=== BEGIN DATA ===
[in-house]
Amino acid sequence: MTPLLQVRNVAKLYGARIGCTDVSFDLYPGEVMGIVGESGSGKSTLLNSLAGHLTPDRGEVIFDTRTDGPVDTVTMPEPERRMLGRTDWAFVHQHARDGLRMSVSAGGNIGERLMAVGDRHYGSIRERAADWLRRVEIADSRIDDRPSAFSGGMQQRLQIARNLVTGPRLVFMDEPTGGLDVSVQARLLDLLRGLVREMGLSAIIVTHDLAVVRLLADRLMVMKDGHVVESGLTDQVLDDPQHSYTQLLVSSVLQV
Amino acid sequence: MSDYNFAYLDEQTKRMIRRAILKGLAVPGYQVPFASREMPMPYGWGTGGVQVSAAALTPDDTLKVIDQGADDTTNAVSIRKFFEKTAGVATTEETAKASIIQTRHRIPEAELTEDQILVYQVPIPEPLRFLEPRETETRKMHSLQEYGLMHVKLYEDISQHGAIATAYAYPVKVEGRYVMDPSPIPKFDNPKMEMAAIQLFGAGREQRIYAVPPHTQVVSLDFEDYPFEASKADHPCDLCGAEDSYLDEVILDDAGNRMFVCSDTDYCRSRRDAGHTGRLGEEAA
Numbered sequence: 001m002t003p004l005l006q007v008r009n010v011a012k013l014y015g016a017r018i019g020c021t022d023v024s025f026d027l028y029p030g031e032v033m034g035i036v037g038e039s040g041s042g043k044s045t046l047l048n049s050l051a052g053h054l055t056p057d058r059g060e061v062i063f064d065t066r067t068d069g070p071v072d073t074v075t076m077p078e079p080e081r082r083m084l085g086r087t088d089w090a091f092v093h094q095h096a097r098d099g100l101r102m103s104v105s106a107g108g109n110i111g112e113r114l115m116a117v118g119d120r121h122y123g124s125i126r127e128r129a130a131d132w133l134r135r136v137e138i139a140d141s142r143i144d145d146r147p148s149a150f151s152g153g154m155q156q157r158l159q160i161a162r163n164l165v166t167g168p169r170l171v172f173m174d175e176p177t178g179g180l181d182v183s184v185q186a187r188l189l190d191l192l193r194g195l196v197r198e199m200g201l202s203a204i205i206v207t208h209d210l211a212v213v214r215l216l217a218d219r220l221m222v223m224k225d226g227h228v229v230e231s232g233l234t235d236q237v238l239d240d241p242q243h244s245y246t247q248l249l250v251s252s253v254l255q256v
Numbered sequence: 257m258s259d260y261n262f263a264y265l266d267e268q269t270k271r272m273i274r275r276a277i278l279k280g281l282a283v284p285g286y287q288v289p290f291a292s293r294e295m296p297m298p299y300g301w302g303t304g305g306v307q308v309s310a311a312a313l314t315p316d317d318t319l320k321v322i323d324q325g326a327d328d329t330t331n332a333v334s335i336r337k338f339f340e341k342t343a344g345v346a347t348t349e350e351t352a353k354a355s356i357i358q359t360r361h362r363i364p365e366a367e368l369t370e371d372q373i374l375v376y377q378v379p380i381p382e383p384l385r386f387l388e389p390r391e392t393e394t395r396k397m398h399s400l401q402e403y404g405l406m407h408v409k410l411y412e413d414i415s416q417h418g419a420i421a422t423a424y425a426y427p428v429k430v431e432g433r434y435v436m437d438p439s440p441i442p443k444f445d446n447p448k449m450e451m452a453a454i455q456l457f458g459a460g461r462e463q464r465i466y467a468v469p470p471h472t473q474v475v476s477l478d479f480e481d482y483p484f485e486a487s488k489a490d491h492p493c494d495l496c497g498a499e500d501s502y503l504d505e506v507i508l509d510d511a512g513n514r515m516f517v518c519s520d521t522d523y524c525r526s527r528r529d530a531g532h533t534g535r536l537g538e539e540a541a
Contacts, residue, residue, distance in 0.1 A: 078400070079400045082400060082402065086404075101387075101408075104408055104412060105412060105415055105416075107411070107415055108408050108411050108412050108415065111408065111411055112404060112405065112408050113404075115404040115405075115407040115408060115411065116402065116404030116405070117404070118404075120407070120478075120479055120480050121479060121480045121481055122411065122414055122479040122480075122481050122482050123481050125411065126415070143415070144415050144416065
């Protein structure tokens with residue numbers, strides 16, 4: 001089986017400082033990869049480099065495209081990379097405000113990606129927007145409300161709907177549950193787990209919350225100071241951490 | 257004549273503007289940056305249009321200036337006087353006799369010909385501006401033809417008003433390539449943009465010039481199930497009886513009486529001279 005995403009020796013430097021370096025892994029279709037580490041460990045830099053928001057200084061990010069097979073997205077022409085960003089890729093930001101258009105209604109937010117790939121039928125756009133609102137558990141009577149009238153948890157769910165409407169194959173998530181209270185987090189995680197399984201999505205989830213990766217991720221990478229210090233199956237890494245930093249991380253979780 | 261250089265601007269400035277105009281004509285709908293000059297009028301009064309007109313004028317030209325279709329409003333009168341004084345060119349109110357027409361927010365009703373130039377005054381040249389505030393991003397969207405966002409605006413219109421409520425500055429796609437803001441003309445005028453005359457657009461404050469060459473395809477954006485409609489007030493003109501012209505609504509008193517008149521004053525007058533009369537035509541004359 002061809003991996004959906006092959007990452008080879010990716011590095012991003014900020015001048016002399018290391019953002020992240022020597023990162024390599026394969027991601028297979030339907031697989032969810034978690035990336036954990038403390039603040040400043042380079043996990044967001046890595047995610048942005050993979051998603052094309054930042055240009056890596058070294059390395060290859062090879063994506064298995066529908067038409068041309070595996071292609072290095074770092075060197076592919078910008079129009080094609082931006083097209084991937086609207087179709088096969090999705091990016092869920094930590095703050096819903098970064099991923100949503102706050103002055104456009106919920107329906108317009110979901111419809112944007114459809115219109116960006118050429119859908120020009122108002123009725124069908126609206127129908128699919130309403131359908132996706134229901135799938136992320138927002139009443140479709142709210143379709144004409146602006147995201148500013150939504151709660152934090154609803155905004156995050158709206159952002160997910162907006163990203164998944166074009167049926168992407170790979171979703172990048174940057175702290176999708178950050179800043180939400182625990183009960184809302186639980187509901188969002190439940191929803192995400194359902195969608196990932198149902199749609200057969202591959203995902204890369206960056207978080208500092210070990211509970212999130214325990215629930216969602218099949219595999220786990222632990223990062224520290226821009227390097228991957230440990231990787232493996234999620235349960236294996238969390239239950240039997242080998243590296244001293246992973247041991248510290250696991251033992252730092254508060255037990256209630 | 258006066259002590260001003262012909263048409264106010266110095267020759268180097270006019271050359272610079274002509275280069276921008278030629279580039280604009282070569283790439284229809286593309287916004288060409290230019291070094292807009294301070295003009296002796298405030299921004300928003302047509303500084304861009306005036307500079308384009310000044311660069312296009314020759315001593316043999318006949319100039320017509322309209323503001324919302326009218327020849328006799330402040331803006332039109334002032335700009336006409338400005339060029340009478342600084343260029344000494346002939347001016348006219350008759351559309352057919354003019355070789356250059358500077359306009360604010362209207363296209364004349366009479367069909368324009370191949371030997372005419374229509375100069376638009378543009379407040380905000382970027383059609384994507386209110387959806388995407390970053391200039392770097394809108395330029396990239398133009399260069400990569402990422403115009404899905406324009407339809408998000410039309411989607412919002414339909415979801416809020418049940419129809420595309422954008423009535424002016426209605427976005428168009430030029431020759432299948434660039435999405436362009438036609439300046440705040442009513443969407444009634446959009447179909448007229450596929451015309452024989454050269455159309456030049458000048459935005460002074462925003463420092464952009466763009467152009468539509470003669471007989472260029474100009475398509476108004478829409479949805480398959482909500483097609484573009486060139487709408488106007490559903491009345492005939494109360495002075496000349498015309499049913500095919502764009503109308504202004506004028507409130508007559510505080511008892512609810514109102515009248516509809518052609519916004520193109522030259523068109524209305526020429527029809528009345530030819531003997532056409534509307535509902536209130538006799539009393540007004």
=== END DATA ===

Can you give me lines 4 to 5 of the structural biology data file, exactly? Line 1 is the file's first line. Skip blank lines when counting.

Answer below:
Numbered sequence: 001m002t003p004l005l006q007v008r009n010v011a012k013l014y015g016a017r018i019g020c021t022d023v024s025f026d027l028y029p030g031e032v033m034g035i036v037g038e039s040g041s042g043k044s045t046l047l048n049s050l051a052g053h054l055t056p057d058r059g060e061v062i063f064d065t066r067t068d069g070p071v072d073t074v075t076m077p078e079p080e081r082r083m084l085g086r087t088d089w090a091f092v093h094q095h096a097r098d099g100l101r102m103s104v105s106a107g108g109n110i111g112e113r114l115m116a117v118g119d120r121h122y123g124s125i126r127e128r129a130a131d132w133l134r135r136v137e138i139a140d141s142r143i144d145d146r147p148s149a150f151s152g153g154m155q156q157r158l159q160i161a162r163n164l165v166t167g168p169r170l171v172f173m174d175e176p177t178g179g180l181d182v183s184v185q186a187r188l189l190d191l192l193r194g195l196v197r198e199m200g201l202s203a204i205i206v207t208h209d210l211a212v213v214r215l216l217a218d219r220l221m222v223m224k225d226g227h228v229v230e231s232g233l234t235d236q237v238l239d240d241p242q243h244s245y246t247q248l249l250v251s252s253v254l255q256v
Numbered sequence: 257m258s259d260y261n262f263a264y265l266d267e268q269t270k271r272m273i274r275r276a277i278l279k280g281l282a283v284p285g286y287q288v289p290f291a292s293r294e295m296p297m298p299y300g301w302g303t304g305g306v307q308v309s310a311a312a313l314t315p316d317d318t319l320k321v322i323d324q325g326a327d328d329t330t331n332a333v334s335i336r337k338f339f340e341k342t343a344g345v346a347t348t349e350e351t352a353k354a355s356i357i358q359t360r361h362r363i364p365e366a367e368l369t370e371d372q373i374l375v376y377q378v379p380i381p382e383p384l385r386f387l388e389p390r391e392t393e394t395r396k397m398h399s400l401q402e403y404g405l406m407h408v409k410l411y412e413d414i415s416q417h418g419a420i421a422t423a424y425a426y427p428v429k430v431e432g433r434y435v436m437d438p439s440p441i442p443k444f445d446n447p448k449m450e451m452a453a454i455q456l457f458g459a460g461r462e463q464r465i466y467a468v469p470p471h472t473q474v475v476s477l478d479f480e481d482y483p484f485e486a487s488k489a490d491h492p493c494d495l496c497g498a499e500d501s502y503l504d505e506v507i508l509d510d511a512g513n514r515m516f517v518c519s520d521t522d523y524c525r526s527r528r529d530a531g532h533t534g535r536l537g538e539e540a541a